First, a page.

On the night of 12 June 1813 in the mouth of the York River, Captain Samuel Travis, USRCS—commanding officer of revenuer cutter Surveyor—prepared his ship to fight off an expected attack by British forces. When the enemy party boarded their ship, Travis and crew ignored the overwhelming numerical superiority of their attackers and defended Surveyor with fierce and fearless valor until overwhelmed. The commander of the British boarding party so admired Travis' intrepid effort that he returned his sword.
(WPC-153: dp. 220; 1. 125'; b. 23'6"; dr. 9'; s. 11 k.; cpl. 38; a. 1 3"; cl. Active)
Travis—a steel-hulled, twin-screw, diesel-powered Coast Guard cutter built in 1927 at Camden, N.J., by the American Brown Boveri Corp.—was commissioned in mid- or late 1927, with Boatswain's Mate J. S. Turner in charge. Built to combat the rum-running trade, Travis operated out of Stapleton, N.Y., Morehead City,
N.C., and Rockland, Maine, successively, through the 1930's. The latter port served as her home base from 1937 to the summer of 1941, when the Coast Guard was placed under naval control for the duration of the national emergency brought on by the war in Europe.
Apparently shifted to Argentia, Newfoundland, in either late 1941 or early 1942 to support the Atlantic Fleet in the Battle of the Atlantic, Travis—designated WPC-153—picked up a sound contact at 1100 on 8 February 1942 while patrolling off Placentia Bay. She dropped a depth charge which temporarily disabled her sound gear. Once the cutter regained the contact, she dropped another pair of charges. While the Coast Guardsmen noted an oil slick, there was no definite confirmation of a "kill."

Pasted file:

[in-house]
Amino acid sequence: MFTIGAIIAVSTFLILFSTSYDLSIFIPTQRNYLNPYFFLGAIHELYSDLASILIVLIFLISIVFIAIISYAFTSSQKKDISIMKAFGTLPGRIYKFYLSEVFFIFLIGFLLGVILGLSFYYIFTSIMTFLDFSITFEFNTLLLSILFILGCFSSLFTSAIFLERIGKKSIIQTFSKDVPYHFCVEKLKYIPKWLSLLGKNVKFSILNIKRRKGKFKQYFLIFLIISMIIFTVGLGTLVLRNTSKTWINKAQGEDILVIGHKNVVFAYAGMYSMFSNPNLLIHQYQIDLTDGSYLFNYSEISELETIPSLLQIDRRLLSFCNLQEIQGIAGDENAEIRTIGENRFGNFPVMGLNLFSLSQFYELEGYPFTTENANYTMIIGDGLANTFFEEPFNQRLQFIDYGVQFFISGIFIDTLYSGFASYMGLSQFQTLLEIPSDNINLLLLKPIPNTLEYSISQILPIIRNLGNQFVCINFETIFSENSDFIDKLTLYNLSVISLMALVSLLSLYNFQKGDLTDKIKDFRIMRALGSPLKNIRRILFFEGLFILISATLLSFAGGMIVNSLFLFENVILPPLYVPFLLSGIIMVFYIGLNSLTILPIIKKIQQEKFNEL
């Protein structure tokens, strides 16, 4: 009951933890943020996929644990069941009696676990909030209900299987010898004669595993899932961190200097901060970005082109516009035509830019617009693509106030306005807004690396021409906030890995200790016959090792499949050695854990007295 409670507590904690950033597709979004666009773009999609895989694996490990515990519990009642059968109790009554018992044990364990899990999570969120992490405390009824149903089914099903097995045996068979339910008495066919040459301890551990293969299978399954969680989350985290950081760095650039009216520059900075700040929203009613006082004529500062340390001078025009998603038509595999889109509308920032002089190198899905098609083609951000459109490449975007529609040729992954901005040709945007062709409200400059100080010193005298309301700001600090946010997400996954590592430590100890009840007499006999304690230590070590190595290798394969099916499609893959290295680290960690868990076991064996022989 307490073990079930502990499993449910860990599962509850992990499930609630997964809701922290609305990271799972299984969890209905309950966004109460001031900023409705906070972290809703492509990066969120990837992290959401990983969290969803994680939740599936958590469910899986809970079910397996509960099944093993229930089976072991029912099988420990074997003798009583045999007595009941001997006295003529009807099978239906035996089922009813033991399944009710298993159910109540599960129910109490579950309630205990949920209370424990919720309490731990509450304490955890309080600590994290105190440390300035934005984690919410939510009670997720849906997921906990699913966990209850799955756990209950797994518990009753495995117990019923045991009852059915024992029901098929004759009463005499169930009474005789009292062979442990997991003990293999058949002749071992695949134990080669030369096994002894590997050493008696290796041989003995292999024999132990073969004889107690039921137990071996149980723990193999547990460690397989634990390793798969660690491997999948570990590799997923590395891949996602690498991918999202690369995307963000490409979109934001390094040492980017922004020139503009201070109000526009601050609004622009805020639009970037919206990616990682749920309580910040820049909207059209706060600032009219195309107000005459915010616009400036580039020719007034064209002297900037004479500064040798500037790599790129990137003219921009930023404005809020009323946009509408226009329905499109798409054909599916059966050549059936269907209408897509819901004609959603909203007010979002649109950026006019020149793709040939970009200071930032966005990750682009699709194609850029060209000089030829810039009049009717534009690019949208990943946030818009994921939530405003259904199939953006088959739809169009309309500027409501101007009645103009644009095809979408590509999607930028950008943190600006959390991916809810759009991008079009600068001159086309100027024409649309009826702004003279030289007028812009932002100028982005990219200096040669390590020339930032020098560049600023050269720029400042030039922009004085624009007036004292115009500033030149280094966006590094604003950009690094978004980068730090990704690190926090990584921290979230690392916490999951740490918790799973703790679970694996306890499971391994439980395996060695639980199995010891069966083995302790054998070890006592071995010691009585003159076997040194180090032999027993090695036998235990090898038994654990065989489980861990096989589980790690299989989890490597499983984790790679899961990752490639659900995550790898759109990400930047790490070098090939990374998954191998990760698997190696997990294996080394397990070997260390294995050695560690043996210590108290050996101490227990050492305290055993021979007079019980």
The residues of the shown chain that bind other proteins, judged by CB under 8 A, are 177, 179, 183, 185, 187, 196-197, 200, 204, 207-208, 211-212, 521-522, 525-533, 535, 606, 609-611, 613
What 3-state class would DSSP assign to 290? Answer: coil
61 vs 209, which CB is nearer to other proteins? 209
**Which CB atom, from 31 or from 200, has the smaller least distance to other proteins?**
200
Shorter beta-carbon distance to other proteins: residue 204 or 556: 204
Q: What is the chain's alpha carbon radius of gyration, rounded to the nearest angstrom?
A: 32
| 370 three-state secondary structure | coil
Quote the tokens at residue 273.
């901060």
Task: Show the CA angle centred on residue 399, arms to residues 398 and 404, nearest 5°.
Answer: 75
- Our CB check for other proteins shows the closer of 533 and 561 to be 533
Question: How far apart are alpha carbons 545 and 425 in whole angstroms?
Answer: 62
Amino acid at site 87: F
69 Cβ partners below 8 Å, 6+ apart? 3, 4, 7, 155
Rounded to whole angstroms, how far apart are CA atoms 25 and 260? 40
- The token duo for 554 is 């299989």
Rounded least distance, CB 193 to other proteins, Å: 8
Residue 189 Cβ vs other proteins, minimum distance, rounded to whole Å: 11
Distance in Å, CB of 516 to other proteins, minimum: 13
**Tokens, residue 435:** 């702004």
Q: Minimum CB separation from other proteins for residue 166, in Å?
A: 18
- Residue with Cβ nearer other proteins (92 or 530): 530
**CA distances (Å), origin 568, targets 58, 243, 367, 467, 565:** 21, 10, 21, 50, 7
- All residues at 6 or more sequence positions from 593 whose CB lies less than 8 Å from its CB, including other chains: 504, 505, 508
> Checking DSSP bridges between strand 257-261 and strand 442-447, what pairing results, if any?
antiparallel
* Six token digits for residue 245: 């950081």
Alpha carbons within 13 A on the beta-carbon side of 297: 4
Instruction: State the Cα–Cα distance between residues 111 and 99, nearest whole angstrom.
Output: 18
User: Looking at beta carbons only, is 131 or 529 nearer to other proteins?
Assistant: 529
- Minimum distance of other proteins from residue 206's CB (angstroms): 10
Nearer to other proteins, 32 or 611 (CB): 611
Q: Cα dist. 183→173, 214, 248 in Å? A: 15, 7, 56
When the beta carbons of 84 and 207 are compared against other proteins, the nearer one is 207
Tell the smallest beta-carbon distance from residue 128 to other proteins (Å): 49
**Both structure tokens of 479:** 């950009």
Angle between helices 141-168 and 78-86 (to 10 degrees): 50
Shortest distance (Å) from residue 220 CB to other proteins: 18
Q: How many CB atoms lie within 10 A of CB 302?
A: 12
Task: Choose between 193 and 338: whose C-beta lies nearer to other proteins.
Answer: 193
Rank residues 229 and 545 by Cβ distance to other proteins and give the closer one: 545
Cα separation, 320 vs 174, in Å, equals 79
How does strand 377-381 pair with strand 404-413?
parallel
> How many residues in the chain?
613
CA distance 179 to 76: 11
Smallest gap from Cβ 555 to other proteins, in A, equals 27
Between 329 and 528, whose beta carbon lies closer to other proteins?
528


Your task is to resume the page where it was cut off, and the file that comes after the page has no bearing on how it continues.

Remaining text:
Travis apparently remained in these northern climes into the winter of 1942. On 20 December, she came across the disabled freighter Maltran which was in danger of running aground on a poorly charted rocky shore. The cutter attempted to tow off the ship, but the hawser parted. Meanwhile, Mohawk (WPG-78) happened by and, at the request of Travis, rendered assistance. The second cutter relieved the first in the towing operation and succeeded in taking Maltran in tow at 0315 on 21 December, while Travis operated as an antisubmarine screen. Eventually, the little group successfully navigated the dangerous uncharted waters and emerged to make passage to the swept channel at Argentia.
Subsequent records are sparse, but the ship undoubtedly remained on active service through the end of the war and into the 1950's. Eventually, her home port became Port Everglades, Fla., by 1960, and she remained in service there until decommissioned in 1963. She was sold soon thereafter.